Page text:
Hi Christy! It may be something that’s just specific to my family, but I’ve noticed that as my toddlers got more active (and therefore nursed less throughout the day) they instinctively increased their butter and cheese consumption. Looking back, I see that my daughter’s love of butter happened about midway between her birth and later weaning. My son is still nursing but seems to be on a similar track, so I’m just guessing when it comes to him :)
Had to laugh because just today my 16 month old son downed a couple of tablespoons of butter at dinner. This was even more shocking for me because he still gets most of his calories from breast milk and is not usually much of a big eater. But butter it was for dinner today … Along with some salmon and carrots as a garnish :)
I’m commenting mostly because the first thing I thought when I saw the picture was that this darling little boy and my daughter could very likely be soul mates. While I say it jokingly to those who ask, butter really is my daughter’s favorite food.
This is a great post and I really enjoyed the excerpt about the smorgasbord experiment. Boy, wouldn’t I love to try this out with my little one. Wouldn’t it be interesting to see what our children would pick? Especially when I know we spend more time mentally and physically trying to painstakingly plan most, if not all, meals to be not only fulfilling and nourishing, but also TASTY!
Love this. My parents gawk at me for allowing my super skinny girl to eat lots of butter.
This may be my favorite article of them all! If I ever nanny small children again, I will try the smorgasbord experiment, but on a smaller scale, of course. So interesting!
May I use your food pyramid picture as a picture on my blog?
Hi Ali, write to firstname.lastname@example.org and Katie Louderback will assist you with this request!
This is sooo different to me but very interesting!!! We have just recently switched our diets to a mainly plant-based diet (compared to what it was before). I’m actually embarrased to say it was pretty bad and full of processed foods. Anywho…my son who just turned 7 has a fascination with butter. I’ve always laughed about it but for the past 6 months or so he will sneak spoonfulls of butter when it is sitting out on the counter. He will even ask me why I will not let him eat butter straight like it is! I wonder what this means for my 7 yo to be wanting so much butter (since this article and all of the comments have been geared towards the younger ones). Should I let him eat butter then????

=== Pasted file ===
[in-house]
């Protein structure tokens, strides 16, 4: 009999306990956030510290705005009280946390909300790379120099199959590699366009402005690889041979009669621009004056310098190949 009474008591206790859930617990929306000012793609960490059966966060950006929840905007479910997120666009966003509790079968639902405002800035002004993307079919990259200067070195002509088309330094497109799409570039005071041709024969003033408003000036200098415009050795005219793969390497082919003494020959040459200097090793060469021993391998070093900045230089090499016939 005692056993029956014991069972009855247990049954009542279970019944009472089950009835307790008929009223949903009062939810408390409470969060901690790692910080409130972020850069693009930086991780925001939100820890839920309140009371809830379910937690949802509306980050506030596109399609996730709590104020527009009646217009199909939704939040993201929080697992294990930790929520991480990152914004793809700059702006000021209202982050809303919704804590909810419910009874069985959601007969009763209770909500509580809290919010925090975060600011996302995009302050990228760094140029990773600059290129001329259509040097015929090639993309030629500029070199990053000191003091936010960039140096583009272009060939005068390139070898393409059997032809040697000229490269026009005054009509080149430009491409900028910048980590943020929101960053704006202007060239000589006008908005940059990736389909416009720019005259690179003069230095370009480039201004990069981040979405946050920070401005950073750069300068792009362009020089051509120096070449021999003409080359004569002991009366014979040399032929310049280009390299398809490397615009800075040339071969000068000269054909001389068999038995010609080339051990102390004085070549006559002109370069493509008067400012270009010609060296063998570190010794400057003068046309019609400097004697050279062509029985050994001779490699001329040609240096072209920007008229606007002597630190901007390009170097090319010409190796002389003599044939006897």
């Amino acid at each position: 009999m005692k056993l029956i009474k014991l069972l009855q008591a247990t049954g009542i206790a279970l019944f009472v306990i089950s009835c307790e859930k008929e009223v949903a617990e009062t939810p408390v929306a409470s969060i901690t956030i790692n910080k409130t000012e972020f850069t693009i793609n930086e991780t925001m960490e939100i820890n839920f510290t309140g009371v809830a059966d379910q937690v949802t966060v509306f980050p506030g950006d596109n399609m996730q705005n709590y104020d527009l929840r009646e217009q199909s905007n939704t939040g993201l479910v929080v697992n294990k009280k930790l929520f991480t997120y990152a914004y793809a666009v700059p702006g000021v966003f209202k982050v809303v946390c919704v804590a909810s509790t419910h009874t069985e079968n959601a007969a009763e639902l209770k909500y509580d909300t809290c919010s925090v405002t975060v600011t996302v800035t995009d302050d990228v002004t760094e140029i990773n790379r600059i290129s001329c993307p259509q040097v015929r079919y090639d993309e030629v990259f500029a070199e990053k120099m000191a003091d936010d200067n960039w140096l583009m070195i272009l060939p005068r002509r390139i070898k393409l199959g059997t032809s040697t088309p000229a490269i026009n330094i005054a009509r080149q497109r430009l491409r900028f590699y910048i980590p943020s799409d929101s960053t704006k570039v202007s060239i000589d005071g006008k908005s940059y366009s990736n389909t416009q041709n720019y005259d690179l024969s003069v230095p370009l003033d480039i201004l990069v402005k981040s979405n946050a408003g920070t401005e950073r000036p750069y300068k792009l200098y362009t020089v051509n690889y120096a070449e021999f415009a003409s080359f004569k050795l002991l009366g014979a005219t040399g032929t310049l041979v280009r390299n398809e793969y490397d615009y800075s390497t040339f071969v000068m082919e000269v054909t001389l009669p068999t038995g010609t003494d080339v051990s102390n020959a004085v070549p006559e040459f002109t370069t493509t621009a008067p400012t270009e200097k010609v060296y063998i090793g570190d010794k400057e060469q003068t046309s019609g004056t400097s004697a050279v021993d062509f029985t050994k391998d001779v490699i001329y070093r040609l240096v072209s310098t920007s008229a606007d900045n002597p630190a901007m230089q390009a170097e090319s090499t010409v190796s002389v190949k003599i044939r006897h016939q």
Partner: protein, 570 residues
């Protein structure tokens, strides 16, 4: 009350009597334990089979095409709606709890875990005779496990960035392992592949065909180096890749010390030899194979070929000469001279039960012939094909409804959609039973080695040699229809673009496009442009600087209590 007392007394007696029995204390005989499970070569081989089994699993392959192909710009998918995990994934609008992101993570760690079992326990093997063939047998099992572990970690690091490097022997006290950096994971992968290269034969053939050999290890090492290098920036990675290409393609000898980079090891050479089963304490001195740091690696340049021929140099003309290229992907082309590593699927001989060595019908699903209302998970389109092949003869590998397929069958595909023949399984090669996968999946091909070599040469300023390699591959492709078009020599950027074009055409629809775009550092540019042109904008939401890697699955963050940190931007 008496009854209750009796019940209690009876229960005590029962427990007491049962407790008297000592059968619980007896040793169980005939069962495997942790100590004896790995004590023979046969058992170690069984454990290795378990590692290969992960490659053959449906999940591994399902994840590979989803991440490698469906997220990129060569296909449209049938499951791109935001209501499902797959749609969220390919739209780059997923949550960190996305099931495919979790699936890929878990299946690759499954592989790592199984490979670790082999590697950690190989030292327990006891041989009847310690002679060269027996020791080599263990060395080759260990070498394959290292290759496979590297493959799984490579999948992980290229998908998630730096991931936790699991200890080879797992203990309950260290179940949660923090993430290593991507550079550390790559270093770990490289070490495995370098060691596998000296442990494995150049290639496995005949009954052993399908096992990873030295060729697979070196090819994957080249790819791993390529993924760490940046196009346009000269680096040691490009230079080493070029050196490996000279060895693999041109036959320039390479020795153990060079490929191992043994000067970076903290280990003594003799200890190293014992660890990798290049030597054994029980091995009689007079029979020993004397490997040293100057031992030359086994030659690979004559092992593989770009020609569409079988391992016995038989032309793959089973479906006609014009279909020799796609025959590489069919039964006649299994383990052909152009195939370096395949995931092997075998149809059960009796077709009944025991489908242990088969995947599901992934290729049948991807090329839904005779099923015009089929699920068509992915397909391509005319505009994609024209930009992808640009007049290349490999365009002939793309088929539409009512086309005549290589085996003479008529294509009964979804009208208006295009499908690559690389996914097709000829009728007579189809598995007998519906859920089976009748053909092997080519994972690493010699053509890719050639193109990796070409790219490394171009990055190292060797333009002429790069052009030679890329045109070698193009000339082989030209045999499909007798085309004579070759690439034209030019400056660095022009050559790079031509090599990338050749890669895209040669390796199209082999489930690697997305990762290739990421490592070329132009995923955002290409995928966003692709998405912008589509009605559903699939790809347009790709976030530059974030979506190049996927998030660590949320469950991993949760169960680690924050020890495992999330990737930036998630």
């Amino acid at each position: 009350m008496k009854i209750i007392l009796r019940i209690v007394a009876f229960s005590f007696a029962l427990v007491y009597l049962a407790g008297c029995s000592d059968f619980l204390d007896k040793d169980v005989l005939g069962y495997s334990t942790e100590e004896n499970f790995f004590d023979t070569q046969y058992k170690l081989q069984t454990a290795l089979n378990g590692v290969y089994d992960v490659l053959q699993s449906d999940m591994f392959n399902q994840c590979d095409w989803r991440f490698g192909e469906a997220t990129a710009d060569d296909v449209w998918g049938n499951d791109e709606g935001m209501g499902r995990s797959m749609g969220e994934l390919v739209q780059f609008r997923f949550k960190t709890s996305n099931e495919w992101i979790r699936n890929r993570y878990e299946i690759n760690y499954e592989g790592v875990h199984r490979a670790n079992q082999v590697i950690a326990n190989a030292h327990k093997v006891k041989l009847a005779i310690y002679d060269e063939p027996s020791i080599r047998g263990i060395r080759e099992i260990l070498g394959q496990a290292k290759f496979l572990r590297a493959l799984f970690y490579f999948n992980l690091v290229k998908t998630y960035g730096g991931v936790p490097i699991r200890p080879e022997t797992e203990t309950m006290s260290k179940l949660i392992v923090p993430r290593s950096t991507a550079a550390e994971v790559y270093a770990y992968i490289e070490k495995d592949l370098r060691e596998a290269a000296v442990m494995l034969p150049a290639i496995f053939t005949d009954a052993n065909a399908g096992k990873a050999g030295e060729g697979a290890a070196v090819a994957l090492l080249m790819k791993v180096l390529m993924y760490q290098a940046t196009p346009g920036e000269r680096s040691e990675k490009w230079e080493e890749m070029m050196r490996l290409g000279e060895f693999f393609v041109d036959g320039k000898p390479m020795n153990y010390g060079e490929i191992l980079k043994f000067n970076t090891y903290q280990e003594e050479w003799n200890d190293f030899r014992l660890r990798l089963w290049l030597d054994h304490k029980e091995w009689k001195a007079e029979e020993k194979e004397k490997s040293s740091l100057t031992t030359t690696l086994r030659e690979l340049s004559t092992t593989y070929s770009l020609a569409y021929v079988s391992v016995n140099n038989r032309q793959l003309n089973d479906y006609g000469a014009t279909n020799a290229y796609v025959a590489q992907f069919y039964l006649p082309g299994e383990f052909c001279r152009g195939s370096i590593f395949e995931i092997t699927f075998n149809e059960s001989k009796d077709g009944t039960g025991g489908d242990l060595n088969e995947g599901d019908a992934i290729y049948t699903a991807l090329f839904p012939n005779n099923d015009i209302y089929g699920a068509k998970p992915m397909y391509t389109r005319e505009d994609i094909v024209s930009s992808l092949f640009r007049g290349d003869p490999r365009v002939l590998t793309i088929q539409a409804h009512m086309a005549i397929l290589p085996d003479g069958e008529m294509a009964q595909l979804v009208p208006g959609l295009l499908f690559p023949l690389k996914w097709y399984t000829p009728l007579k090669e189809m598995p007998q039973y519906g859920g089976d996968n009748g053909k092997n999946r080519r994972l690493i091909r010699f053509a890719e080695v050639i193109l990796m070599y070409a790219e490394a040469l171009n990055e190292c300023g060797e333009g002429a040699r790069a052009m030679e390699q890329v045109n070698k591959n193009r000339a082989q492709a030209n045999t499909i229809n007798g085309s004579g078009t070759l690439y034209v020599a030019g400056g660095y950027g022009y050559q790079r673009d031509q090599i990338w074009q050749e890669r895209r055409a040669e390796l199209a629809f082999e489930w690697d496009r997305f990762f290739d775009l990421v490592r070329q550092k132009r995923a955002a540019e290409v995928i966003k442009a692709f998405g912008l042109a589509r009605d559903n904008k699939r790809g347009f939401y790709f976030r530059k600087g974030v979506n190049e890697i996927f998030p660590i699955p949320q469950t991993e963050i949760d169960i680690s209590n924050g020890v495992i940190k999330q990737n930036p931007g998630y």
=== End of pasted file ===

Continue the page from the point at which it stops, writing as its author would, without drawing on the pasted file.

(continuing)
All comments will be appreciated!!
Hi Lindsey! I think butter should always be consumed until an individual is satisfied. It is one of the most wholesome, nourishing foods available.
So, a funny thing happened as I was getting my two-year-old ready for bed tonight. I gave him 1/2 teaspoon of fermented cod liver oil and then reloaded the shooter for my husband.
He immediately grabbed the syringe thingy and downed it, so I smiled and refilled it again. He grabbed that one too, so I reloaded and he did it AGAIN.
Just a few weeks ago he would cover his mouth and run away when he saw me open the jar. That was unusual for him and he was eating well otherwise so I didn’t push it.
I’m totally amazed by the internal wisdom children (sometimes) have about when they do and don’t need something. It reminded me of the boy in the Clara Davis experiment who cured his rickets by drinking cod liver oil.
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I just want to say I find this reassuring. My 19 month old wee boy eats butter and mayo like it’s going out of fashion and my mother in law stresses out. I obviously don’t give him free reign to the butter dish but still I try to trust his eating habits. He very rarely eats pasta or bread but loves rice, fruit, veg, meat and fish. The only protein I wish he ate more of is eggs but he is refusing them at the moment. I try to stay as zen as possible about his eating habits and hopefully if he sees me relaxed he will be and continue to eat a healthy balanced diet!!! Il come back in 10 years and probably say it’s all gone to pot but for now I’m happy he eats butter hehe.
Thank you for your interesting and helpful story